Inside Out: There’s More Than Joy To Life

Inside Out Review

By Kai

Pixar and Walt Disney pictures have released movies in the past that have been encoded with big life lessons, some so brutal that some would rather not talk about them. This is why today I’m going to talk to you about Inside Out.

This movie is about an 11 year old hockey-loving girl named Riley and 5 emotions named Fear, Disgust, Anger, Sadness, and Joy who live inside her brain (or Headquarters), and control what she feels. Riley’s life is filled with nothing but happiness, until one day, she and her parents move to San Francisco. When the emotions try to help Riley through this tough time, Sadness begins to act strange and becomes uncontrollable. Joy tries to hold back Sadness, but gets the both of them thrown to the far reaches of her mind, far from headquarters, leaving only Fear, Disgust and Anger in charge of Riley’s emotions.

Assuming from Riley’s age, this movie is probably targeted at kids entering puberty, and what I really like about this movie is the creative and simple way it goes about explaining the emotional changes that occur at this state in life. To add, it does a really good job of covering most of the emotional spectrum with only five certain emotions in the film. On the downside, I feel that the way the 5 emotions in the movie act is portrayed by today’s society, meaning that these 5 “emotions” are merely stereotypes from today’s world. For example, Fear is based on fears in the current world, such as fears of spiders or the simple thought of not doing an action simply because you are too afraid that things won’t go the way you think they will. Also, children won’t realize the fact from watching this movie that you can feel certain emotions in different ways.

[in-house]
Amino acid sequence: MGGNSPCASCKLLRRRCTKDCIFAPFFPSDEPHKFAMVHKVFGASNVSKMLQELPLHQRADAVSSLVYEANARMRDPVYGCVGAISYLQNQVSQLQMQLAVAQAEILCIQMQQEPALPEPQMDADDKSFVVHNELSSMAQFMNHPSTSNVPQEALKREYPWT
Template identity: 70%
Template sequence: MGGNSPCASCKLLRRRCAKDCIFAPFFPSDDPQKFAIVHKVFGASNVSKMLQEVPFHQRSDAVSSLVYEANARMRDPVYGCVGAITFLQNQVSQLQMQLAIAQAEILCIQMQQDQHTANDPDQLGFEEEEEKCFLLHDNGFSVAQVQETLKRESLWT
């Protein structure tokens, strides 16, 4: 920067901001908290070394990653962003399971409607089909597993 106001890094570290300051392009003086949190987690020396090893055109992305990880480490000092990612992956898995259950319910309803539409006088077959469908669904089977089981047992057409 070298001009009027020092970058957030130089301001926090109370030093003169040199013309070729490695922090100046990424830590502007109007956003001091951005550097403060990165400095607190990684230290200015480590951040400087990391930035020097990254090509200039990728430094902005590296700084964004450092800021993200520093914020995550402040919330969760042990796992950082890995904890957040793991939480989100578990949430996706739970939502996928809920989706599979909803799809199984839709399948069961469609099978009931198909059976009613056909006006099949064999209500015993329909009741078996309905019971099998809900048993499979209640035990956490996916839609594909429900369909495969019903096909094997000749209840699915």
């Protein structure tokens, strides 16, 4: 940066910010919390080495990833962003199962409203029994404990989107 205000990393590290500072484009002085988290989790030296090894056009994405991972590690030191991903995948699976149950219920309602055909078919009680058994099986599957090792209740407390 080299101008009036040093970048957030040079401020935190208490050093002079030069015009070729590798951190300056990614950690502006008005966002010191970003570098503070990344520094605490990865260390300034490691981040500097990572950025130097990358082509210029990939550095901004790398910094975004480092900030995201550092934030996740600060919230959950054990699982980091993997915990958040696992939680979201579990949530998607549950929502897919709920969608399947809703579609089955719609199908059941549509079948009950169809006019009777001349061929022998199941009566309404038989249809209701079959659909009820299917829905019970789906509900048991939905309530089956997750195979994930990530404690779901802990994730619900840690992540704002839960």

To top this all off, I would recommend this movie to anyone going through puberty. Secondly, I also feel that the life lesson of accepting other emotions is very important to everyone, because everyone can feel that a life filled with nothing but happiness is the best life, but in reality, it’s not. For example, in advertisements everywhere, you see people going to island resorts or shopping for cars, and they always seem to be smiling and happy. This can make people think that feeling other emotions such as sadness or fear is in a way, wrong.

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